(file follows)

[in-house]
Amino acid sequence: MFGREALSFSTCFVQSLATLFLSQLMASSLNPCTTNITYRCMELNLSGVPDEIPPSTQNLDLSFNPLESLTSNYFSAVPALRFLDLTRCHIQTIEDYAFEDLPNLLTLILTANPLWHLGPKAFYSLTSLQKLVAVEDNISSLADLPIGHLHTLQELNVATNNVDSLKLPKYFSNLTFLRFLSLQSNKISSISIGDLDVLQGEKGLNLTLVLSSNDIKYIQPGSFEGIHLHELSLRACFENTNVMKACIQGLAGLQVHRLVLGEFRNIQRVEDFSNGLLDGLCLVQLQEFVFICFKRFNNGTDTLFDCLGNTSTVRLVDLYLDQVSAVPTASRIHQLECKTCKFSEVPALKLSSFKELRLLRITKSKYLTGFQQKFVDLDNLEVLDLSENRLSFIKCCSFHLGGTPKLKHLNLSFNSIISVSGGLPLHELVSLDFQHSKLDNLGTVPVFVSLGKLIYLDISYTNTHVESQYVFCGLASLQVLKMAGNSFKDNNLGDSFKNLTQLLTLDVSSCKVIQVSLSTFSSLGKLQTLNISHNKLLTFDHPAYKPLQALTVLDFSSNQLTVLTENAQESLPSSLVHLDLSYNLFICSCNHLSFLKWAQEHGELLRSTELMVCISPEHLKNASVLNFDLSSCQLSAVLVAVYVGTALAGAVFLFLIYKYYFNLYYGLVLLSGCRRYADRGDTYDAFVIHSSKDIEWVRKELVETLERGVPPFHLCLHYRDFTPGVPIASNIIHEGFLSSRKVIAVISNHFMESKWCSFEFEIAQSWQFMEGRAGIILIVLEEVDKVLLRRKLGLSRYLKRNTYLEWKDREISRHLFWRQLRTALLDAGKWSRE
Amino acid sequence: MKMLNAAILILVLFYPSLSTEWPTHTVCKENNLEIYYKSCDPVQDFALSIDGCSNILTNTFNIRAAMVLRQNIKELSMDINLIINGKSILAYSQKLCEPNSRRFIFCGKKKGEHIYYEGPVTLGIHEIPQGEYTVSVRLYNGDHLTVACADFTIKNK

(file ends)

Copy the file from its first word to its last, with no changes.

[in-house]
Amino acid sequence: MFGREALSFSTCFVQSLATLFLSQLMASSLNPCTTNITYRCMELNLSGVPDEIPPSTQNLDLSFNPLESLTSNYFSAVPALRFLDLTRCHIQTIEDYAFEDLPNLLTLILTANPLWHLGPKAFYSLTSLQKLVAVEDNISSLADLPIGHLHTLQELNVATNNVDSLKLPKYFSNLTFLRFLSLQSNKISSISIGDLDVLQGEKGLNLTLVLSSNDIKYIQPGSFEGIHLHELSLRACFENTNVMKACIQGLAGLQVHRLVLGEFRNIQRVEDFSNGLLDGLCLVQLQEFVFICFKRFNNGTDTLFDCLGNTSTVRLVDLYLDQVSAVPTASRIHQLECKTCKFSEVPALKLSSFKELRLLRITKSKYLTGFQQKFVDLDNLEVLDLSENRLSFIKCCSFHLGGTPKLKHLNLSFNSIISVSGGLPLHELVSLDFQHSKLDNLGTVPVFVSLGKLIYLDISYTNTHVESQYVFCGLASLQVLKMAGNSFKDNNLGDSFKNLTQLLTLDVSSCKVIQVSLSTFSSLGKLQTLNISHNKLLTFDHPAYKPLQALTVLDFSSNQLTVLTENAQESLPSSLVHLDLSYNLFICSCNHLSFLKWAQEHGELLRSTELMVCISPEHLKNASVLNFDLSSCQLSAVLVAVYVGTALAGAVFLFLIYKYYFNLYYGLVLLSGCRRYADRGDTYDAFVIHSSKDIEWVRKELVETLERGVPPFHLCLHYRDFTPGVPIASNIIHEGFLSSRKVIAVISNHFMESKWCSFEFEIAQSWQFMEGRAGIILIVLEEVDKVLLRRKLGLSRYLKRNTYLEWKDREISRHLFWRQLRTALLDAGKWSRE
Amino acid sequence: MKMLNAAILILVLFYPSLSTEWPTHTVCKENNLEIYYKSCDPVQDFALSIDGCSNILTNTFNIRAAMVLRQNIKELSMDINLIINGKSILAYSQKLCEPNSRRFIFCGKKKGEHIYYEGPVTLGIHEIPQGEYTVSVRLYNGDHLTVACADFTIKNK